Sometime after Prohibition ended in 1933, residents banned the sale of hard alcohol but allowed beer and wine to be sold. That changed last week at the annual town meeting.
Residents approved two town warrants on March 6 allowing for hard liquor sales at stores in town.
The owners of Northern Bay Market, currently the only one store in town, petitioned community leaders for the change, which required the town-wide vote.
“People have been excited. They don't have to go to Castine, Blue Hill or Orland to get their hard alcohol,” said Jamie MacNair, owner of Northern Bay Market with her husband.
When Prohibition was lifted, each community in Maine made decisions about if alcohol would be sold in town or consumed at restaurant and bars.
The only store in Penobscot has an aisle dedicated to wine and a couple coolers filled with beer but has been barred from selling spirits because of a decision made by residents decades ago.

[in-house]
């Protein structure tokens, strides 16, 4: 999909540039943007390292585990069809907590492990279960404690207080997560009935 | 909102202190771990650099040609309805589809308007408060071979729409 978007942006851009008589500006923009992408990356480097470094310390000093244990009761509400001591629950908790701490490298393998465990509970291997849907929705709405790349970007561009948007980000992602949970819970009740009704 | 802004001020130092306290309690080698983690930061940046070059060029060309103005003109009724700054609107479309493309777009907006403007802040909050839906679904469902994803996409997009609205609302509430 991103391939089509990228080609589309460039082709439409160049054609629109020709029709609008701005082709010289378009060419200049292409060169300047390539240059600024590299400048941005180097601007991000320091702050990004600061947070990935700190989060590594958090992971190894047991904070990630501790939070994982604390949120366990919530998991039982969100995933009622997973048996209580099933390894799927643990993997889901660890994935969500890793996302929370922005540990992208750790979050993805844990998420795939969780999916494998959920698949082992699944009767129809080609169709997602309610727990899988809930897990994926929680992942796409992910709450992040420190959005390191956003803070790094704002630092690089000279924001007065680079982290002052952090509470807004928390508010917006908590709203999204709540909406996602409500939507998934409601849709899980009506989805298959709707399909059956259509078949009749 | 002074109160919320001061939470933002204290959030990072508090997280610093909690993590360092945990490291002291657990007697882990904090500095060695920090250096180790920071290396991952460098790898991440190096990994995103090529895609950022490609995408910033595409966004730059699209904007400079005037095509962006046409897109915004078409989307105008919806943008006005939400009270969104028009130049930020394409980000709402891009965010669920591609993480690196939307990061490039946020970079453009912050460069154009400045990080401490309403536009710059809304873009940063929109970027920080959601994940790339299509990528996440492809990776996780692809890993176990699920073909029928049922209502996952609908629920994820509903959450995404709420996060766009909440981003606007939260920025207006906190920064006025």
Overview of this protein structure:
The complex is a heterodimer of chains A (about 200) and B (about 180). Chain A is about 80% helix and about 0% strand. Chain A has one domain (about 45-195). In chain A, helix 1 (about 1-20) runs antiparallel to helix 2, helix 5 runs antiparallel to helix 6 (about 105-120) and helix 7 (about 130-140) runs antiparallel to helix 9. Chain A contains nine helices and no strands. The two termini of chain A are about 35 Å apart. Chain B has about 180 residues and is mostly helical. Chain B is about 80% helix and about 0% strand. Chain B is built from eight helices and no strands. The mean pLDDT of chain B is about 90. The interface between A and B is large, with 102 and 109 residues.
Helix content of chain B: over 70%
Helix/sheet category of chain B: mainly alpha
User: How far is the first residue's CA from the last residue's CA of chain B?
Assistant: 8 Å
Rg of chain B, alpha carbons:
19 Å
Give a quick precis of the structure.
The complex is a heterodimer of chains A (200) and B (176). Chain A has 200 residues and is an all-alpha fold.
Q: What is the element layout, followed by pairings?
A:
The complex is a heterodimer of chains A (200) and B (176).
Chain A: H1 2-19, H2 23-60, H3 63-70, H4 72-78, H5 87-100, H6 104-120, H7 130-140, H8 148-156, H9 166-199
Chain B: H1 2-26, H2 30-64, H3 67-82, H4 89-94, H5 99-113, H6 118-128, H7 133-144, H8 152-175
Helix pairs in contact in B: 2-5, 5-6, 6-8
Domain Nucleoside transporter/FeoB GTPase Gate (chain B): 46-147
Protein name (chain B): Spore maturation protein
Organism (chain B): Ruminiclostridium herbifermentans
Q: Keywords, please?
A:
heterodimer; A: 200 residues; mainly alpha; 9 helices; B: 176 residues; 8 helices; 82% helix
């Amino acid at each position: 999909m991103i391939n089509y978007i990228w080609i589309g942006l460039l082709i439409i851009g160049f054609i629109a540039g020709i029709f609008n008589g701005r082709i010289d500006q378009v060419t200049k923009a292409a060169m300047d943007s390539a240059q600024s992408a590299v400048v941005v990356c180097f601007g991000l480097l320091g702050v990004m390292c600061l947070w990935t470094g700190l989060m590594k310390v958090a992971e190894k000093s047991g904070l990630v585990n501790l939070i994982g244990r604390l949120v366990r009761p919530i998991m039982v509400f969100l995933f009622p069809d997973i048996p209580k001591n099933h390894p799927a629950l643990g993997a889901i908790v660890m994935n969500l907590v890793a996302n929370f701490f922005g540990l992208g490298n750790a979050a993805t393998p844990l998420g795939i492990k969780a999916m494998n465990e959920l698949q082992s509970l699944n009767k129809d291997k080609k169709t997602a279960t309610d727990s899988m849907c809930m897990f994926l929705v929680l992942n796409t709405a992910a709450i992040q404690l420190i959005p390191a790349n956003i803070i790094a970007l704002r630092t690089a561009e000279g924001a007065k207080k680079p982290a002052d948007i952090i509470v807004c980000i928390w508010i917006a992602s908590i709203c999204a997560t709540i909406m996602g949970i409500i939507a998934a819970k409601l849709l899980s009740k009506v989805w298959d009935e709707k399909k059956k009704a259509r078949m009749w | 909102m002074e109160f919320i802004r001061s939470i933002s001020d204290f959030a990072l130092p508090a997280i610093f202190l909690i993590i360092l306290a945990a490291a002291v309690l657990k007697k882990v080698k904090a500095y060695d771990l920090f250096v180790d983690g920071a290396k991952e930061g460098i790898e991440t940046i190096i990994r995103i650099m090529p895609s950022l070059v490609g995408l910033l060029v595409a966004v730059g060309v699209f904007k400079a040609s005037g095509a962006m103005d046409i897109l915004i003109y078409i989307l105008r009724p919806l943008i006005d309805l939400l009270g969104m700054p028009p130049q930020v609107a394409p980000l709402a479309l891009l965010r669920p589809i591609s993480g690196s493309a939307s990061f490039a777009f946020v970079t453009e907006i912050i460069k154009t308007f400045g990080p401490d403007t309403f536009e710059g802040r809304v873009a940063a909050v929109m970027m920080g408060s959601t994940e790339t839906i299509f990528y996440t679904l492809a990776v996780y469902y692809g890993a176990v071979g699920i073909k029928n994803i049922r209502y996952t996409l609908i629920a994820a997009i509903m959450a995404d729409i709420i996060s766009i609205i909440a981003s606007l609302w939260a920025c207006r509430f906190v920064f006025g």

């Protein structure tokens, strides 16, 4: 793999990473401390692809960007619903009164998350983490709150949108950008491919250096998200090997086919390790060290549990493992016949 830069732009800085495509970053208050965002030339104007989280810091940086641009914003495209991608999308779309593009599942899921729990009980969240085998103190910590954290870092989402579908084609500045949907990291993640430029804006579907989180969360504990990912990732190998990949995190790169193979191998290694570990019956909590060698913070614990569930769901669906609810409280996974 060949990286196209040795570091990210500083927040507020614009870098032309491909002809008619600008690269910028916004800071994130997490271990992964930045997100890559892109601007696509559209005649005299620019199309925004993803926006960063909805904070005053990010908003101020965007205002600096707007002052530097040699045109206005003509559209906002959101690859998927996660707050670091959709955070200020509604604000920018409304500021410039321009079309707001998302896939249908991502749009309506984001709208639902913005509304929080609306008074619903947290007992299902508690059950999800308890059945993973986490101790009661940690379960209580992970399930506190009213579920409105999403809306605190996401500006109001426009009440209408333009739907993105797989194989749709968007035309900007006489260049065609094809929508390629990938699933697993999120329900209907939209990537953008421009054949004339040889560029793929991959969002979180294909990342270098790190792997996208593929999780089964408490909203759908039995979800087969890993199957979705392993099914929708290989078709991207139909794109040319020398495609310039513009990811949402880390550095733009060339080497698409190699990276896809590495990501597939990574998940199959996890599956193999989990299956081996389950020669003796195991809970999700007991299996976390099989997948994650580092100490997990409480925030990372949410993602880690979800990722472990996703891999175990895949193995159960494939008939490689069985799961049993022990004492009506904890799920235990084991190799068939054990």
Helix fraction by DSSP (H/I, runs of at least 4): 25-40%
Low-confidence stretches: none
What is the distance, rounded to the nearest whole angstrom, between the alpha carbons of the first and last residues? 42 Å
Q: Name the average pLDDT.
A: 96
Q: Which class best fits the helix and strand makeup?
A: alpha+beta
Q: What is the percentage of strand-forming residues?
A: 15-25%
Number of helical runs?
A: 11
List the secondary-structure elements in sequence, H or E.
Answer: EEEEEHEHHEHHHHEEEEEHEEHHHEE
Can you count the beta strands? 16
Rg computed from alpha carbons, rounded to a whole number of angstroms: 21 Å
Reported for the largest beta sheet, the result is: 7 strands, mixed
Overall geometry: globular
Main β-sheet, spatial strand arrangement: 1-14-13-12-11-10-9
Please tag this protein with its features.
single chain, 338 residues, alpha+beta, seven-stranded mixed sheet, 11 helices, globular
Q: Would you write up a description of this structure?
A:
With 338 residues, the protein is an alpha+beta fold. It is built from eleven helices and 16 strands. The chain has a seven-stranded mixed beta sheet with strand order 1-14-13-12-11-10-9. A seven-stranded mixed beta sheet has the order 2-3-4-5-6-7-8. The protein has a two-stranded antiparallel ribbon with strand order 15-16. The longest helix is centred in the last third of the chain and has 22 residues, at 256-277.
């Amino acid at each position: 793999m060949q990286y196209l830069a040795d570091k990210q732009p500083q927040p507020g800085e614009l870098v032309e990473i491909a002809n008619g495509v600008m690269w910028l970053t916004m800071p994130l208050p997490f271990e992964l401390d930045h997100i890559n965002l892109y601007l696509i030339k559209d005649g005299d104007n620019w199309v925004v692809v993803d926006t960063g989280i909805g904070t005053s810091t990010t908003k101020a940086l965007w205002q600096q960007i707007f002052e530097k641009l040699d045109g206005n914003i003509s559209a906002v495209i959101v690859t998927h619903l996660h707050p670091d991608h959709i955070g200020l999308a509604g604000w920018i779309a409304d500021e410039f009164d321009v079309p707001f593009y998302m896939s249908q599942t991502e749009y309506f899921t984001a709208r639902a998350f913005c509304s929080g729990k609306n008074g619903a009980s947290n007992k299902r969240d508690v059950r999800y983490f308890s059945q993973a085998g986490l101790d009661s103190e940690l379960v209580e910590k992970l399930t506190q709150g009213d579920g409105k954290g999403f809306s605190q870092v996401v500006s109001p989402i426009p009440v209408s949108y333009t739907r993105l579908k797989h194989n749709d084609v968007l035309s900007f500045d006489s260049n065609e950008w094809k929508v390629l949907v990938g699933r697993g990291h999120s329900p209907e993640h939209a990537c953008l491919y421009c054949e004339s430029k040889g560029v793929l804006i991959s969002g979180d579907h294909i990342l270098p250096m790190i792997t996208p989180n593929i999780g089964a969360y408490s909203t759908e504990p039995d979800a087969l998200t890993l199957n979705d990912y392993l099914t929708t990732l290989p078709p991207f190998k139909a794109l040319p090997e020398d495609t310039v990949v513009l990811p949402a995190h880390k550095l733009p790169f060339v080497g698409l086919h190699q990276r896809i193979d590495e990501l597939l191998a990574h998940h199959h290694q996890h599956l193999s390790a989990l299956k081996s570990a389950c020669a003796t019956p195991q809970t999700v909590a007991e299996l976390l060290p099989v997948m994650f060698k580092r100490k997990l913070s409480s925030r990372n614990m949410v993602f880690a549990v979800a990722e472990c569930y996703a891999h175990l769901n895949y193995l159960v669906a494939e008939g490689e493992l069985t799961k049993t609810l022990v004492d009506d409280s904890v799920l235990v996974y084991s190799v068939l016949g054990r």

“I don't see why they shouldn't,” one regular customer said. “People who are going to buy liquor are just going to go to the next town over five miles away. Why not.”
Another local customer and businessman said he also agreed.
“People can stay home, they don't have to travel and they don't have to spend their money elsewhere,” he said.
The store owners have applied for a liquor-selling license and are working with the state's Bureau of Alcohol Beverages.
“It's a misconception that it's going to bring more hard alcohol to town,” MacNair said. “People are just going to keep their money in town locally.”
The local rules still prohibit on-site consumption of hard alcohol in town at other establishments, such as restaurants.